• Coochin Creek camping and day-use area—toilet.

    Staying safe

    Check before leaving home

    In an emergency

    • call Triple Zero (000)

    Walk and explore safely

    • Avoid walking, riding and driving during wet weather. Tracks can be slippery, especially after rain. Vehicles can easily become bogged.
    • Never walk or ride alone—if something happens to you someone in your group can go for help.
    • Stay on track and tell a responsible person where you are going and when you should return.
    • Wear sturdy shoes, suitable clothing and a hat.
    • Carry a mobile phone, water, first-aid kit and insect repellent.
    • Supervise children—natural areas have hazards with which children are unfamiliar—creeks and defensive wildlife.
    • Observe and comply with all regulatory and closure signs.

    Food and cooking safety

    • Take care with fire—open fires are only permitted in the communal fire rings provided. Bring your own clean milled firewood.
    • Make sure your fire is out with water before you leave it.
    • Preferably bring a fuel stove.
    • Avoid food poisoning—store food at appropriate temperatures and out of reach of foraging wildlife in strong lockable containers.

    Water Safety

    • Never dive into creeks, as they contain submerged rocks and logs. Water depth is unpredictable. Rock surfaces can be slippery.

    Wildlife safety

    • Know how to treat a snake bite. Snakes generally retreat when encountered. If they feel threatened, they can become defensive. If you come across a snake, back away to a safe distance and allow the snake to move away.
    • Never feed, handle or play with wildlife—you may get bitten or scratched, and animals can become aggressive towards people when fed.
    • Check yourself and children for ticks. Follow the recommended method for tick removal.

    For more information, please read the guidelines on safety in parks and forests.

    Before you visit

    Essentials to bring

    • Enough water for your drinking, cooking and cleaning (water provided at the forest is unsuitable for drinking).
    • A first-aid kit (including snake bite bandages) and insect repellent to deter mosquitoes and sandflies.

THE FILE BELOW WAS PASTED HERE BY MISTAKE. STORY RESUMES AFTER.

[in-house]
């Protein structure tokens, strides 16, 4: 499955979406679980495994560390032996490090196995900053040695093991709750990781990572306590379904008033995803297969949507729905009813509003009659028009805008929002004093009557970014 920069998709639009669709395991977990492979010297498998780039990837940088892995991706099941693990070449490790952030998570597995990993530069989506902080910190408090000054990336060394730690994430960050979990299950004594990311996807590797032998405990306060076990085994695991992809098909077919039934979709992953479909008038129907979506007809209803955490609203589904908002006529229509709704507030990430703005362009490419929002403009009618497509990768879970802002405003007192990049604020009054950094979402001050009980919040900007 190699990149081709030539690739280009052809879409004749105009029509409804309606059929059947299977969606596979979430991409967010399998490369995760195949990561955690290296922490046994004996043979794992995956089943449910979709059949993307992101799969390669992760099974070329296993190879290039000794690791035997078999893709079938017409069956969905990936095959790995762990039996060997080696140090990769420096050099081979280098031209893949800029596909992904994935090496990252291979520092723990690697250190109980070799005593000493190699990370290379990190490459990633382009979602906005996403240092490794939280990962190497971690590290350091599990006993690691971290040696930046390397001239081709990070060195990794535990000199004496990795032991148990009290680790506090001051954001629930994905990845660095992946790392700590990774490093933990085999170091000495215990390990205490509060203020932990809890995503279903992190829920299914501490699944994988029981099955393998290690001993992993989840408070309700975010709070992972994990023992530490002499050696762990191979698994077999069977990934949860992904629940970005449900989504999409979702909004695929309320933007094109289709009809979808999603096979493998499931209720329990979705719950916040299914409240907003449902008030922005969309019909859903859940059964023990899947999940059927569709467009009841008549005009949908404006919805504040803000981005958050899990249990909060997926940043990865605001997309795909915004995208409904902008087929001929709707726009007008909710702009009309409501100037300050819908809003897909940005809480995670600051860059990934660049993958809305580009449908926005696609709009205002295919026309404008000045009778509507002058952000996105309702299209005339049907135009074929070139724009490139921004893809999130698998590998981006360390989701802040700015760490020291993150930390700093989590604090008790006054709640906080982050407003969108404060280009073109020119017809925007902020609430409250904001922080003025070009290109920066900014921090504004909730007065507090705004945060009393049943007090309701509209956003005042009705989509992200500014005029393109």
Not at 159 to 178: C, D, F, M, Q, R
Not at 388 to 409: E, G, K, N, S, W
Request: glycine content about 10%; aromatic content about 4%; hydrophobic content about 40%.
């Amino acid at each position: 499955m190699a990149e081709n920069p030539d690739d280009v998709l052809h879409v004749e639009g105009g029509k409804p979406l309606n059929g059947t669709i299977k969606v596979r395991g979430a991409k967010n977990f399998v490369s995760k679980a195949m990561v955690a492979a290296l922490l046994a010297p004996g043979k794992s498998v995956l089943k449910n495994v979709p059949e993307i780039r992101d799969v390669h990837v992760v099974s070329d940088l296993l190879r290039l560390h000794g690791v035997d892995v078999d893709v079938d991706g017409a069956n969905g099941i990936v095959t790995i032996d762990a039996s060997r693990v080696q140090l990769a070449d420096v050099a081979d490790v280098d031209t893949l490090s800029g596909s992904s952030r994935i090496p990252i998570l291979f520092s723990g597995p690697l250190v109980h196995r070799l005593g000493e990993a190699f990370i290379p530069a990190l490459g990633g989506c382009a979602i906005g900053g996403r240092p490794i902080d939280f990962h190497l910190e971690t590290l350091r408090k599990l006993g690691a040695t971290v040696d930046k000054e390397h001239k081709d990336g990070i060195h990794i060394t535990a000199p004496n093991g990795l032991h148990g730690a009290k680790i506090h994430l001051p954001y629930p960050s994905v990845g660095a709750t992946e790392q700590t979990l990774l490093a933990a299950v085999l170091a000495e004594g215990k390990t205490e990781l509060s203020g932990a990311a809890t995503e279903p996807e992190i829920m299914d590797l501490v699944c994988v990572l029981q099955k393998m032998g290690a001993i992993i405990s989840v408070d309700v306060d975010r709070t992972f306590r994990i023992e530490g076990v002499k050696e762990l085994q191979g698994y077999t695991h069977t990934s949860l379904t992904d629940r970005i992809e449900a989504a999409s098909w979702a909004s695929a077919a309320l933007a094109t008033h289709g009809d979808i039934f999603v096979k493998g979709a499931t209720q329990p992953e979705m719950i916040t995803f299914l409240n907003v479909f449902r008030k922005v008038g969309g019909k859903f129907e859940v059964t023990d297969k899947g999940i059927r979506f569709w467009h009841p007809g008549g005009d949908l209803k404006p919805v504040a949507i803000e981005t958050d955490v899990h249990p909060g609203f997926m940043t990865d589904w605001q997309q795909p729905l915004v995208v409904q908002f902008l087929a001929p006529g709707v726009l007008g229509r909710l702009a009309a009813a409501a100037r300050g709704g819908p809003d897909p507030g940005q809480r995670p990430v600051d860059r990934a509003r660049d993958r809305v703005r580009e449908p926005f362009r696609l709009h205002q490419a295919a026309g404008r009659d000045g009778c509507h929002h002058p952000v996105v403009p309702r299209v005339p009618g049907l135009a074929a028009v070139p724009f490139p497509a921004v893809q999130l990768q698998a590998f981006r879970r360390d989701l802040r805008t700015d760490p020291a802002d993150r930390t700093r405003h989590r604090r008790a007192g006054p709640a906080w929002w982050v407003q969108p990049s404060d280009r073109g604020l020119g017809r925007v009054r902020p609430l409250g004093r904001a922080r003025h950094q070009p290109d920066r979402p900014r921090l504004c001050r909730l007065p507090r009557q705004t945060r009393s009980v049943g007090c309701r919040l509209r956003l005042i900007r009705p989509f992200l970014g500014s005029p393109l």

• Mobile phone and sturdy shoes.
    • Sunscreen, a hat and long-sleeved shirt for sun protection.
    • Strong sealable containers or rubbish bags to store your food and to store your rubbish to take away with you when you leave. Useful tip: remove excess packaging before you leave home.
    • If you intend to use the communal fire rings in the Coochin Creek camping area, bring clean firewood—such as untreated mill cut-offs (it is illegal to collect wood from the forest). If there are fire bans you will need to pack a suitable fuel cooking stove—check Park Alerts.

    Opening hours

    Beerburrum and Beerwah State Forests are open 24 hours a day.

    For your safety: bushwalk, drive and ride in Beerburrum and Beerwah State Forests in daylight hours only.

    Permits and fees

    Camping permits are required and fees apply.

    Permits are required for commercial activities and some organised events.


    Domestic animals are not permitted at Coochin Creek camping and day-use area in Beerwah State Forest.

    Climate and weather

    The Glass House Mountains area has a mild, subtropical climate. In summer, the average daily temperature ranges from 18 to 28°C and in winter from 11 to 20°C. During summer you may encounter temperatures in excess of 35°C. Plan your visit to avoid the midday heat.

    Fuel and supplies

    Fuel and supplies are available at nearby local townships. For more information see the tourism information links.

    • There are currently no park alerts for this park.